Cosme is one of the best new restaurants in NYC. It redefines the concept of Mexican, without trying anything gimmicky. The restaurant is run by chef Enrique Olvera, a man behind numerous restaurants in Mexico, most notably Pujol in Mexico City, the 16th best restaurant in the world according to the latest San Pellegrino list released last month.

Cosme is so popular that even on a Tuesday night, we were only able to snag a table at 5:45pm, not an ideal dining time but our only other option besides 10:30pm.

The food at Cosme can be classified as modern Mexican, so do not expect enchiladas or burritos or anything like that. This is Mexican fine dining at its best, with knowledgable staff, great cocktails and stunning plates of food flying out of the kitchen.

The interior is sleek and modern, foregoing any typical kitschy Mexican restaurant decor. There are no sombreros to be seen. Instead, lots of blond hardwood, dim lighting, and minimalism abound. There is a small bar leading to an open dining room space, seating around 100 guests. Not huge, but not tiny and intimate. This is a serious restaurant, but one that always wants you to have fun and enjoy the food and drink.

Quality like this does not come cheap. It is definitely a splurge, but well worth your money.

The menu is set up as a collection of small plates, broken up into seafood, vegetable and meat sections. The pricing varies, but potions are fairly consistent. We ordered five dishes plus dessert, which was more than enough food for the two of us.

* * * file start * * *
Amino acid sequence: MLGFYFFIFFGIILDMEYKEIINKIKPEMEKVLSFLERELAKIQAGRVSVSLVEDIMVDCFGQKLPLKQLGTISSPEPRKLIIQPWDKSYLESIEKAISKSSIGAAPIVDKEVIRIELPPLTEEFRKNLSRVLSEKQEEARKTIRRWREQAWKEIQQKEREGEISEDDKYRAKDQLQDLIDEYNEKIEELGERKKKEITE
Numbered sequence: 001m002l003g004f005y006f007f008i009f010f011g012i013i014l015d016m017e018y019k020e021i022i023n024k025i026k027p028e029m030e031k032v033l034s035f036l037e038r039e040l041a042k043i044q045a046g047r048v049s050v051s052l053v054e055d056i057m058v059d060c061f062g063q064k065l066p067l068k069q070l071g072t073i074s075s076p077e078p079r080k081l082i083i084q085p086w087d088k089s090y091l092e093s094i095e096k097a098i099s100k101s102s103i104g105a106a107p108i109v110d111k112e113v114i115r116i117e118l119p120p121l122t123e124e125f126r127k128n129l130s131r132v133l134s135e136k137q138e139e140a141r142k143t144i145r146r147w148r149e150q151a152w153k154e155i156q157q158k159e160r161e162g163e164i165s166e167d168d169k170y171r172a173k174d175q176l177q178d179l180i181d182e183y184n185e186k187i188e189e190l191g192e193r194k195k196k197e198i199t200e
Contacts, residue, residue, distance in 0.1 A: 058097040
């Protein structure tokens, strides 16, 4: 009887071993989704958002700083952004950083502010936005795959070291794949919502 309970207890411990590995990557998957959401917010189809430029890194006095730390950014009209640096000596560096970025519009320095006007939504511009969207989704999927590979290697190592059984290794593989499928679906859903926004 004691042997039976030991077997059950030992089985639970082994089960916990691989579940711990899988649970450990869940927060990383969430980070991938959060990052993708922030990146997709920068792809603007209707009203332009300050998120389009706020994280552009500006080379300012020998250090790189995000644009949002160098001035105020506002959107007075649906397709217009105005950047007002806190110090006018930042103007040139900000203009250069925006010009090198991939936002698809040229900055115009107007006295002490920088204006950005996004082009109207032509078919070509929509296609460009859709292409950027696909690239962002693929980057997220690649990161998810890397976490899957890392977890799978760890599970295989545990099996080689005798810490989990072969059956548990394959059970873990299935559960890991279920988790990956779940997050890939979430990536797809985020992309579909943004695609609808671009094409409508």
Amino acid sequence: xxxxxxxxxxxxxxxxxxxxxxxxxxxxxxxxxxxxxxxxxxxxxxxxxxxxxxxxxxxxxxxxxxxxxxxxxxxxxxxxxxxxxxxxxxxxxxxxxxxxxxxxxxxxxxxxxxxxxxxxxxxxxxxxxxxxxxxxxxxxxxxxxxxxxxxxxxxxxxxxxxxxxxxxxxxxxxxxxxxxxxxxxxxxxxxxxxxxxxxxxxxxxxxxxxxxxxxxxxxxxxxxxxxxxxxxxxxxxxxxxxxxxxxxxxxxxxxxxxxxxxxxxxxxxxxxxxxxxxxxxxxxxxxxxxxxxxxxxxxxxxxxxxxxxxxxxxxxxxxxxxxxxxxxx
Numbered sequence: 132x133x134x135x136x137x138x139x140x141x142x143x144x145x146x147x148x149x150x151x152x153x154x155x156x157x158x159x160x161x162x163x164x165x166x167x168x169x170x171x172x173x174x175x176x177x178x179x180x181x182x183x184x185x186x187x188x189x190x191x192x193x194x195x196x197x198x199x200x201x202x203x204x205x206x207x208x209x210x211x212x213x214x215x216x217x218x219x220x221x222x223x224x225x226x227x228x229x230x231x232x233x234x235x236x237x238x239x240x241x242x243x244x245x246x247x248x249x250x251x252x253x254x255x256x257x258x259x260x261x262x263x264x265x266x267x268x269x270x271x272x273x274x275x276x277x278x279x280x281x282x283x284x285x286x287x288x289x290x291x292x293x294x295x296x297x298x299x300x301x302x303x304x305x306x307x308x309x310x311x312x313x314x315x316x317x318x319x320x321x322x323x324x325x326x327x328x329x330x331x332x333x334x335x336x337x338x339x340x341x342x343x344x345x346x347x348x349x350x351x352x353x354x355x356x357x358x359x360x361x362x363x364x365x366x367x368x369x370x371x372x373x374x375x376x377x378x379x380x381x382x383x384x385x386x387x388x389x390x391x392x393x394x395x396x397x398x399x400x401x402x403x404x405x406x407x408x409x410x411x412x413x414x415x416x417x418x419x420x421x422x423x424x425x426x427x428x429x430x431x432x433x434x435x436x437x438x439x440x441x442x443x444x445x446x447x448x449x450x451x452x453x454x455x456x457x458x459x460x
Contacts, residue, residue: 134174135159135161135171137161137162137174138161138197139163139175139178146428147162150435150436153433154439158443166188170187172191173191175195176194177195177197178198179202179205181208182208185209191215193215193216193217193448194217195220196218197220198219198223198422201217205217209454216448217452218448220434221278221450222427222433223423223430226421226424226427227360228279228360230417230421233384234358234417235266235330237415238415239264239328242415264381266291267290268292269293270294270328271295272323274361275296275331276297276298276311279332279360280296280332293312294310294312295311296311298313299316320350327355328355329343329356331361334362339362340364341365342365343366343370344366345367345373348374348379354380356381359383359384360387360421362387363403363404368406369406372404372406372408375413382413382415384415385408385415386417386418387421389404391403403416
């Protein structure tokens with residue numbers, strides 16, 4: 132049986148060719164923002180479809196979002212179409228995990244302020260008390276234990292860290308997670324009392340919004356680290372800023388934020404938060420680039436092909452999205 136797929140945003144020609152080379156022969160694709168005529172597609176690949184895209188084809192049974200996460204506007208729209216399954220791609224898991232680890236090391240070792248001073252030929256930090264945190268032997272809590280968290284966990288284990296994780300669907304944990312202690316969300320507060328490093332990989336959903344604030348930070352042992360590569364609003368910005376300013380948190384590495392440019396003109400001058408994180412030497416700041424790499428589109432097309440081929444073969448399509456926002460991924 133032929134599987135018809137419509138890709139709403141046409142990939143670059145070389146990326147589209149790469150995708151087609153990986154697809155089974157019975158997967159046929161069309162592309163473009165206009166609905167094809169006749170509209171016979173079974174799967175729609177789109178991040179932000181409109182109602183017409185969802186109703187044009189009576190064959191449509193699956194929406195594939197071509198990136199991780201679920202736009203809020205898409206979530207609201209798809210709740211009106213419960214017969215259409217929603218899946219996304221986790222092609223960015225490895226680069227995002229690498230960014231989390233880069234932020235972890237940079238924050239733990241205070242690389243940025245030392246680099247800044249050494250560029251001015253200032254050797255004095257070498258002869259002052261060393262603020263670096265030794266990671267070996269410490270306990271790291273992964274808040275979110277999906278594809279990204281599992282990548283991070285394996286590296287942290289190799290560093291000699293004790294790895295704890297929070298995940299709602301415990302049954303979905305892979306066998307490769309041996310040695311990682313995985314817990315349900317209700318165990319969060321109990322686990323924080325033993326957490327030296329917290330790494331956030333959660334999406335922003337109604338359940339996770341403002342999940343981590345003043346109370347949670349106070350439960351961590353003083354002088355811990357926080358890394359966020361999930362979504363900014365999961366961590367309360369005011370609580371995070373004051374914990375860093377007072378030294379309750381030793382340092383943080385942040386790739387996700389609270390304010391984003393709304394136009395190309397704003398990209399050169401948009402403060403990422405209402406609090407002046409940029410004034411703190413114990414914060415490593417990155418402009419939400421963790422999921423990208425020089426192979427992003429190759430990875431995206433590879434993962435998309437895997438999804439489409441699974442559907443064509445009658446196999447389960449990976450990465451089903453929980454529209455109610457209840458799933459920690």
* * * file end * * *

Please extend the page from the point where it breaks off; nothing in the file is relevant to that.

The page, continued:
With my gluten free lifestyle (not by choice), dining out can occasionally lose some of its luster. Cosme on the other hand is almost 100% gluten free, for those looking for that sort of thing. With the reliance on masa (corn flour), only one dessert item contains any regular flour and the fryers only handle corn-based items, so there are no cross contamination issues. It is a gluten free paradise!

Food Breakdown


Chicharron, radish, cilantro, avocado, hot sauce $13

I was not expecting this huge pork cracker to hit the table when we ordered this dish. The chicharron (fried pork rinds) was the size of my head, garnished with radish, cilantro, avocado, some greens and a wedge of lime. The mini squeeze bottle of hot sauce was a nice touch, something we kept on the table for the duration of our meal.
The chicharron was crispy and delicious, but not oily in any way. The mixture on top was a nice accent, especially the acidic hint of lime and hot sauce. A nice way to start the meal.


Sliced raw hamachi, fermented serranos, fish sauce, black limes $20

I love raw fish and hamachi is one of my faves. The six sashimi-like pieces were super fresh and slightly firm. The mixture of the serrano chiles, fish sauce and limes had a nice heat/acid balance, but did not overpower the beautiful fish. Another winner.


King crab, mexican gribiche, green garbanzo, chervil $20